Since my last post regarding the sudden implementation of updated technology in Nancy, I intended to show a similar usage of updated technology that ruined what was a personal favorite strip of mine.  Starting on July 3rd 2011, new Herman Sunday comics were being produced.

Pretty much every advancement of new technology has faced the future with the prospect that "This newfangled device will threaten our way of life!", the alarmist message not being too far off the mark.  Since it would change things - whether for the better or for the worse being constantly under debate.

What surprised me was that despite my distaste, there were apparently far less instances of modern technology in the newer Herman Sundays than I thought.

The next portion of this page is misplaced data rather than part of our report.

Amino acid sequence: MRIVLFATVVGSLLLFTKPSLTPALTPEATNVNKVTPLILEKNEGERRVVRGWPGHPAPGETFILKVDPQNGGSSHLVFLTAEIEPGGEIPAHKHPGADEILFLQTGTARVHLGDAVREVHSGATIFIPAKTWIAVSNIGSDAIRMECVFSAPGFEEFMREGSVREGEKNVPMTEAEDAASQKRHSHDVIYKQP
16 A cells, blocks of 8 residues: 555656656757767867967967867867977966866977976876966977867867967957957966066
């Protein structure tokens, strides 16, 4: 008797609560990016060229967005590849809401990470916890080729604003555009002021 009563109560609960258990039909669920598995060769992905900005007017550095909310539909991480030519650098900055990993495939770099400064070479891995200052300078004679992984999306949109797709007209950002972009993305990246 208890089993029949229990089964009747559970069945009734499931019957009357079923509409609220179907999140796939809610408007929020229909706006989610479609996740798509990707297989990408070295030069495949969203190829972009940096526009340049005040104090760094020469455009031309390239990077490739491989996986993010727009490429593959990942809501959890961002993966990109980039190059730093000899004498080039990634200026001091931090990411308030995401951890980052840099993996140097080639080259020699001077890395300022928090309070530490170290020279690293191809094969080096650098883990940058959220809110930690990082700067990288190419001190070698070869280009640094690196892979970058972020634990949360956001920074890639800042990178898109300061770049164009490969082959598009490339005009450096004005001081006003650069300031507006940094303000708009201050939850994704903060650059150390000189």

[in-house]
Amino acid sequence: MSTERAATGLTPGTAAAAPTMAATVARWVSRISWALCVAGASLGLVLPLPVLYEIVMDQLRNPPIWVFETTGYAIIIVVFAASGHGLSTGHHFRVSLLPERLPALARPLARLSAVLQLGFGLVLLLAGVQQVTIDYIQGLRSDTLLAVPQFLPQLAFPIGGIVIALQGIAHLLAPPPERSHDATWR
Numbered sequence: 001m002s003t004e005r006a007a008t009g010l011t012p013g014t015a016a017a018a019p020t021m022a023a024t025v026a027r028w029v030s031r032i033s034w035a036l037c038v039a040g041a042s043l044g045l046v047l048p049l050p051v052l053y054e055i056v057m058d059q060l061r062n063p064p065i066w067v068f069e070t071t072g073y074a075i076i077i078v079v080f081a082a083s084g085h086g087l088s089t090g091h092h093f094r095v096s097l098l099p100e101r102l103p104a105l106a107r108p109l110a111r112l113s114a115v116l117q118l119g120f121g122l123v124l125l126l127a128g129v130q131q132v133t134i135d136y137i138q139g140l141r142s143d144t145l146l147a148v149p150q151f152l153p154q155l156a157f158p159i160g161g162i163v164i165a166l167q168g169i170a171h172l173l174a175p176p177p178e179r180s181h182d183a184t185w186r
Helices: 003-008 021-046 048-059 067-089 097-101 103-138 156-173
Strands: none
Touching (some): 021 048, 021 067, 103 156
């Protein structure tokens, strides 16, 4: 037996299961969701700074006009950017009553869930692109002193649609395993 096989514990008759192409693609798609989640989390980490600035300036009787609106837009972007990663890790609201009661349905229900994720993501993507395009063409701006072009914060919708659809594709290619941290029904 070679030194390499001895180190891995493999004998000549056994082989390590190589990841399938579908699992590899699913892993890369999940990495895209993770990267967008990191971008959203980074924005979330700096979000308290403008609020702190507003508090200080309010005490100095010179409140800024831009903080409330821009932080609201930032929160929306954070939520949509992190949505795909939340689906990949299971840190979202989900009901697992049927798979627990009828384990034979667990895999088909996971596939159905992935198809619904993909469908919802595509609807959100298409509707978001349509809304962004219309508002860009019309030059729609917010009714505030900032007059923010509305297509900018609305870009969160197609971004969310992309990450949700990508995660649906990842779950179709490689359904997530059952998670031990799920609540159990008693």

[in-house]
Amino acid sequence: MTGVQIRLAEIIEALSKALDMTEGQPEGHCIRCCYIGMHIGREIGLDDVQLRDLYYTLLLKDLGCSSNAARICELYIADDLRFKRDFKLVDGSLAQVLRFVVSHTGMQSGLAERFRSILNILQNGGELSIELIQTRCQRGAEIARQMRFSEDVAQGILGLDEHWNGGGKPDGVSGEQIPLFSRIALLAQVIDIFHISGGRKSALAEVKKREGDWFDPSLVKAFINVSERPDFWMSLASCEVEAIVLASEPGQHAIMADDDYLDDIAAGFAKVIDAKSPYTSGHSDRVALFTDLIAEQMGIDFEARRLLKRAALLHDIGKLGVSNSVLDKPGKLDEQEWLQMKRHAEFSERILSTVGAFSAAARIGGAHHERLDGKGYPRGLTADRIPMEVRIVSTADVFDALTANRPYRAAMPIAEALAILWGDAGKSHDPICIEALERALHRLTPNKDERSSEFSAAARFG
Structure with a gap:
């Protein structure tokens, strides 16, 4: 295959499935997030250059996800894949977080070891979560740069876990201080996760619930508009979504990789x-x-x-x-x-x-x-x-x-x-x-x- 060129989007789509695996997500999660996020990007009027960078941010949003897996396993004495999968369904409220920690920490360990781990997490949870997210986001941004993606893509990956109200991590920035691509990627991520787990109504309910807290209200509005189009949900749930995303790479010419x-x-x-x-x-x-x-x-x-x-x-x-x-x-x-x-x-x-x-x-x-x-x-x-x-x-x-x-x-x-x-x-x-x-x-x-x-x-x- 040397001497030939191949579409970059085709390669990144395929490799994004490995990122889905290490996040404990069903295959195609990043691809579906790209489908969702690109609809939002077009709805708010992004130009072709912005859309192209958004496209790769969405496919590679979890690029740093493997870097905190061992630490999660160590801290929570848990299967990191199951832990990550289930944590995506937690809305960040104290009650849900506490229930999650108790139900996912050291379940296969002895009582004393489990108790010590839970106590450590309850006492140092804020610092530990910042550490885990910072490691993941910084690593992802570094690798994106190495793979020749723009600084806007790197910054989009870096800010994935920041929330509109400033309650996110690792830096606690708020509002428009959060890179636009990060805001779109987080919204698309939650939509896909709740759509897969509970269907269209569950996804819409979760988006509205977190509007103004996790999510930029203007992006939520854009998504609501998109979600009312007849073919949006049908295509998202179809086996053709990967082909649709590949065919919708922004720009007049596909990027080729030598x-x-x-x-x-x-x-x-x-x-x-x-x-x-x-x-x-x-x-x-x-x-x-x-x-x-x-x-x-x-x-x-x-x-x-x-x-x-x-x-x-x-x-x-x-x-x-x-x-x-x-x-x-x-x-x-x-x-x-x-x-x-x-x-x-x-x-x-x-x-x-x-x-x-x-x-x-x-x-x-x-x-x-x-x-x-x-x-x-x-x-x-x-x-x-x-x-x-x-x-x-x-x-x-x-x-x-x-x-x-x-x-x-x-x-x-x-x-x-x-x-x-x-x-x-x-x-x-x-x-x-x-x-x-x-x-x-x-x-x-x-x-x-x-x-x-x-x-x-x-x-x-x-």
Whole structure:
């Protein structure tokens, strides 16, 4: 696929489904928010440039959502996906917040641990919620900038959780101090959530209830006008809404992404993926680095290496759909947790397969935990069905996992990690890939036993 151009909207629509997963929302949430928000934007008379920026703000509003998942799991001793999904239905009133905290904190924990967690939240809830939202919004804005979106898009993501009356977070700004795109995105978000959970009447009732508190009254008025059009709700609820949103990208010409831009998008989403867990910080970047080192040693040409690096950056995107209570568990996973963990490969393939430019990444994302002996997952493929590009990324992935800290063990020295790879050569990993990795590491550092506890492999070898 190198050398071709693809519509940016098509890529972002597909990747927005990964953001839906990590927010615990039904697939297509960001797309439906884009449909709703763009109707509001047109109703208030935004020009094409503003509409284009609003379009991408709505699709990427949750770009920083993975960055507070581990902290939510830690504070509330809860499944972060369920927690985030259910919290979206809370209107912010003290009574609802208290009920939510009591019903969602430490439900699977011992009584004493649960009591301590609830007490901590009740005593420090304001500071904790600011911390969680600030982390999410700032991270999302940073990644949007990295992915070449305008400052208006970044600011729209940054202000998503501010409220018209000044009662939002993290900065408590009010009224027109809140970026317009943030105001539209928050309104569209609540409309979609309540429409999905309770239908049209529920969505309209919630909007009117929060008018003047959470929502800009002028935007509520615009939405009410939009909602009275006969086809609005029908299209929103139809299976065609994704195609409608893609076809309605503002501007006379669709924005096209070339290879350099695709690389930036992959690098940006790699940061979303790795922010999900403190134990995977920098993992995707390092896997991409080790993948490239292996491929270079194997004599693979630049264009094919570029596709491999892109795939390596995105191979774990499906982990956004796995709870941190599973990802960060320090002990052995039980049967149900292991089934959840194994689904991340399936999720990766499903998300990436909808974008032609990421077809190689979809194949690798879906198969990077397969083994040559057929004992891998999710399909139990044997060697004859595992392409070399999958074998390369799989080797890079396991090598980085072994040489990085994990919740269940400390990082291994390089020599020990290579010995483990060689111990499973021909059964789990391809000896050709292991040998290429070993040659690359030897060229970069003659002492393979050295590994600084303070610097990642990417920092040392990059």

It's not so much the implementation of newer technology that bothered me.  There were many strips where Herman showed remarkable ingenuity about technology.  It's that the newer strips fail to show the absurdity of technological advances.



Not to mention that many Herman strips had box-like TVs, so seeing Flat Screen TVs in Herman is something of an anachronism.  I've grown so used to seeing old-timey wimey technology there that seeing Herman join the 21st Century without a spacesuit is considered unusual.

Fun fact - the updated version has slightly different monologue in some places.
When Jim Unger retired (and later died) there was the unspoken guarantee that ghost artists would pick up the slack, creating new comics in his absence.  But so far, they've been content to stick with rerunning his old stuff, which is fine, because the new material hasn't exactly been up to snuff.  Here's a few examples.

The last panel of Herman tend to be spoken by one person only, lending further impact to the punchline depending on the size of the panel.  The Turnkey's comment here is pretty much redundant.  You could remove it, and the outcome would be just the same.